Components wear out and eventually need to be replaced so it’s not essential that you have the greatest to start with. As you get more into cycling and want to upgrade, this is one spot to spend your money. That said, the only “real” difference between the three tiers of either brand is weight. And the weight difference isn’t that much. Anything that is 105/Rival or up is super solid, reliable, and lightweight. Once you start going down past those levels things change. Heavier, needs adjustment more frequently, and features start disappearing. For example the Tiagra shifters work very differently than 105->Dura Ace. Gearing is another big difference with the lower component levels.
Gears are measured in number of teeth and number of gears. On the front you have 3 options. Standard double (53/39), triple, or compact double (50/34). The compact is a really nice balance between the two. Lower gearing (for hills) than the standard and lighter weight than the triple.
On the back you have a cassette cluster of 9,10, or 11 sprockets. 10 is the most common. 2×10 refers to 2 chainrings in the front and 10 cogs on the cassette in the back. This gives you 20 different gears. This is the most common setup on road bikes. Mountain bikes are usually 3×9. Tiagra and lower often do not have a 2×10 option. It is usually 2×9. Another reason to go with 105 or up. The gear choices on a cassette can range a great deal. A very common size is 12-25. Until you start riding more, don’t stress too much about the gearing or changing components to change the gearing. If it comes down to two identical bikes with different gear ratios, go with the compact crank and the widest range on the cassette.
Wheels and other Components
Saddle, seat post, stem, water bottle cage, handlebar, cables and a bunch of other small parts make up the rest of the bike. The only three things you really have to factor in are wheels, saddle, and pedals. All of these are very easily changed on the bike later. Saddle is 100% a matter of comfort. Pedals are 100% a matter of preference and are usually a separate purchase. Wheels & tires, however, can vary wildly in terms of weight and handling characteristics. No other component will make as much difference on those two factors as wheels and tires.
Picking a wheel set is even more overwhelming than picking a bike. There are way more options and variables. Spoke count, material, weight, tire system, hubs, bearings, and rim depth are just the major variables. Luckily the bike will come with wheels. Typically manufacturers pair wheels at the same level as the rest of the components. A bike with Ultegra components will probably have nicer wheels than a bike with 105 components. Two of the most popular wheels you’ll find on bikes are Mavic Aksium and Mavic Ksyrium. The Ksyriums are a little nicer, but both are really solid. Any other wheels you see on bikes are probably their house brand. Nothing wrong with house brand wheels, they are usually very well built and excellent all-around wheels. Judging wheels by the rest of the components is typically a safe thing to do because mfg’s know it can affect the ride so much. It’s not a place where they cut corners. Put crappy wheels on a nice bike and the rider will blame the frame for crappy performance. Handlebar, brakes, cables, tubes, headset, and seat posts are entirely a different matter. However, they really don’t matter when you are new to the sport so don’t stress about them.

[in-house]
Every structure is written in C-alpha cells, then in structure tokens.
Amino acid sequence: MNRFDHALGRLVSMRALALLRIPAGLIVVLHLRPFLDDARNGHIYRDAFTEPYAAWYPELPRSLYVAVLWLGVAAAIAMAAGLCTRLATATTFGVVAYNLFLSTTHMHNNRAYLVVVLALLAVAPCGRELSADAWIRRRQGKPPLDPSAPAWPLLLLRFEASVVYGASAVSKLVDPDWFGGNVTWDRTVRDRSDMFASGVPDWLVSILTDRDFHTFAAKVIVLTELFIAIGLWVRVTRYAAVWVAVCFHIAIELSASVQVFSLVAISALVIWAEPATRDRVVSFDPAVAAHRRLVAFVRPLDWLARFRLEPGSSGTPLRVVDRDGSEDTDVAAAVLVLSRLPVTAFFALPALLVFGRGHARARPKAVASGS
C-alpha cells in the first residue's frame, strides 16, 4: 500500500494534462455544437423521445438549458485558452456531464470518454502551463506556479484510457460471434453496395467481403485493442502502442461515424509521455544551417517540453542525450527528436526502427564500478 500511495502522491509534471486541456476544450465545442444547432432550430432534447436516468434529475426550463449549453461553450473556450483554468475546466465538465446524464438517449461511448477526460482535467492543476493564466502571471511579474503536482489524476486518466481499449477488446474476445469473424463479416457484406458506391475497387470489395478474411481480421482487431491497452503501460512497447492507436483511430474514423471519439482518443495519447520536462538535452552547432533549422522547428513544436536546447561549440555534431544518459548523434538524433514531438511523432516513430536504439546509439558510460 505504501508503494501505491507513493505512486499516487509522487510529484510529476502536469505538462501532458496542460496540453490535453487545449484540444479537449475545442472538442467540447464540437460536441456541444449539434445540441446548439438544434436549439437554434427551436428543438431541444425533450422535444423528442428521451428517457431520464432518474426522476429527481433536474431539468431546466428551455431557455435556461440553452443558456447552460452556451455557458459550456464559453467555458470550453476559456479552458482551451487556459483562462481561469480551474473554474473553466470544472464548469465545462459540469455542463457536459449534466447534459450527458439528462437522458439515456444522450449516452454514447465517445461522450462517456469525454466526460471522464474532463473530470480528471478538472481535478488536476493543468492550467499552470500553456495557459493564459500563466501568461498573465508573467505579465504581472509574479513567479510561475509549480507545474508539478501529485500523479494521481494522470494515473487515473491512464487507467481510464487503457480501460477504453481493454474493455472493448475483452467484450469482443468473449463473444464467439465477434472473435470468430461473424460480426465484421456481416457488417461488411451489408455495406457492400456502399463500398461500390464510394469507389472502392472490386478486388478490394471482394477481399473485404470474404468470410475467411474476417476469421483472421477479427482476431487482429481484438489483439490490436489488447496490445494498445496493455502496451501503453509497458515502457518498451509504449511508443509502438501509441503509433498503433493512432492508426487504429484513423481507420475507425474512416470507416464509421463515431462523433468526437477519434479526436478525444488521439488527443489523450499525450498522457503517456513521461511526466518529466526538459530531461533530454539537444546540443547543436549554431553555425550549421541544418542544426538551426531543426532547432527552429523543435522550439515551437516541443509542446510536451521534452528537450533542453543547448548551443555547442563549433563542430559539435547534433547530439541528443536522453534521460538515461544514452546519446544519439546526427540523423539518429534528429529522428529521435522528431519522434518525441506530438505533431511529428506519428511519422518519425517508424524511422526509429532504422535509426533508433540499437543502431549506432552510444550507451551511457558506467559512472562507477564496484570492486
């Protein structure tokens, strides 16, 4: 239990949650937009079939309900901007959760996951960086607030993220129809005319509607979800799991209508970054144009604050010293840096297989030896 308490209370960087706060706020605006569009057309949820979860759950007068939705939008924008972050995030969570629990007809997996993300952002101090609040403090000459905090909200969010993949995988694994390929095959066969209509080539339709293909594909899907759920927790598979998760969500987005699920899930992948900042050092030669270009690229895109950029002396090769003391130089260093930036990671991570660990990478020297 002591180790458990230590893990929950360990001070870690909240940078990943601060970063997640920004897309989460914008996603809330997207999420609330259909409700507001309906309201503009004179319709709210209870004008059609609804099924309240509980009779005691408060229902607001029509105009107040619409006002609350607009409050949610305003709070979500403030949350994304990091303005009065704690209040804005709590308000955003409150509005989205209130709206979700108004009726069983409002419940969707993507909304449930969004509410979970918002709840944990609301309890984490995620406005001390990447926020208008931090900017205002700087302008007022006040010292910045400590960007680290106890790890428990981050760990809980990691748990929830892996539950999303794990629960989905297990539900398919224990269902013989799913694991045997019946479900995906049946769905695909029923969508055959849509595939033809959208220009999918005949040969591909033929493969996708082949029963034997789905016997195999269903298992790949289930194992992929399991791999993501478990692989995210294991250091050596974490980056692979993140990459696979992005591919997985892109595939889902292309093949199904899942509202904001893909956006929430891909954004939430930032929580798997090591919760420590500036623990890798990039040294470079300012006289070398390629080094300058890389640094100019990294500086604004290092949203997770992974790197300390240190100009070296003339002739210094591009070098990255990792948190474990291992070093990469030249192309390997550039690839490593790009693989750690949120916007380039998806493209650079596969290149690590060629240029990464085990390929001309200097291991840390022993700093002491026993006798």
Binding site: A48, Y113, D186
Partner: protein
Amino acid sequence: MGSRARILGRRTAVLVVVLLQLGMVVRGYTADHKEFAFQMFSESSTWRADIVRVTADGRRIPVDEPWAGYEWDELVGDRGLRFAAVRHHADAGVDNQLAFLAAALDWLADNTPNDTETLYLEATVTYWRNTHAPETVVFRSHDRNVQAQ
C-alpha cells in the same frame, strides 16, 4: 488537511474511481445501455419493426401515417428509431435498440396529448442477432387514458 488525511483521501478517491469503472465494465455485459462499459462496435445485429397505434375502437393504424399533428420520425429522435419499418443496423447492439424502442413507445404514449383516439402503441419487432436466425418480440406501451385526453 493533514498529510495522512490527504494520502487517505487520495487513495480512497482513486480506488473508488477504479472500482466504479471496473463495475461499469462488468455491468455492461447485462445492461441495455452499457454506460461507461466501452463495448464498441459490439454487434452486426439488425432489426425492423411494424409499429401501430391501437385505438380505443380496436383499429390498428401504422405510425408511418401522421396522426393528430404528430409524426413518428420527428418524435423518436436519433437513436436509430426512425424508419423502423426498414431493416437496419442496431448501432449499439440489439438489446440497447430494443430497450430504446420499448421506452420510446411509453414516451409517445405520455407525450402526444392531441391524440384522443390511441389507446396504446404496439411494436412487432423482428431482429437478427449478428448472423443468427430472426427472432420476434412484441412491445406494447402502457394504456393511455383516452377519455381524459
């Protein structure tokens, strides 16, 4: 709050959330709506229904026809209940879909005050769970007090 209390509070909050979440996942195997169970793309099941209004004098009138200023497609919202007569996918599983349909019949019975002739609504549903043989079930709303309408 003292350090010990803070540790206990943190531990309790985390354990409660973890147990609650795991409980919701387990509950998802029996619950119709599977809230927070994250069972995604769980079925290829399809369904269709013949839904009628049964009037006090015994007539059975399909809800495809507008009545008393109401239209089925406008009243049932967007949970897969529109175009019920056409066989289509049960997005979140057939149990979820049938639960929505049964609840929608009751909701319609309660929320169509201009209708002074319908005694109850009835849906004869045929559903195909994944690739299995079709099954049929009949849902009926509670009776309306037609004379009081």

Find a bike that fits, is comfortable, has 105/Rival or better, is $250 under your max price, and fun when you go around corners. Head over to a few different local bike shops and start test riding. Don’t research online, don’t pick up the latest issue of Bicycling, don’t even look at the price tags. Just go test ride at least 12 different bikes split between 7 different brands and 3 different shops. Each test ride should be at least 15 minutes and include a couple sharp turns and a 3% hill. You probably won’t start noticing any differences between them until about the 5th or 6th test ride.
Snap a photo of each bike you test with your phone and jot down a couple notes right after the ride.
This article was originally published on August 30th, 2012. Electronic shifting, disc brakes, and 11 speed drive trains have hit the scene since then but not frequently found on entry level bikes.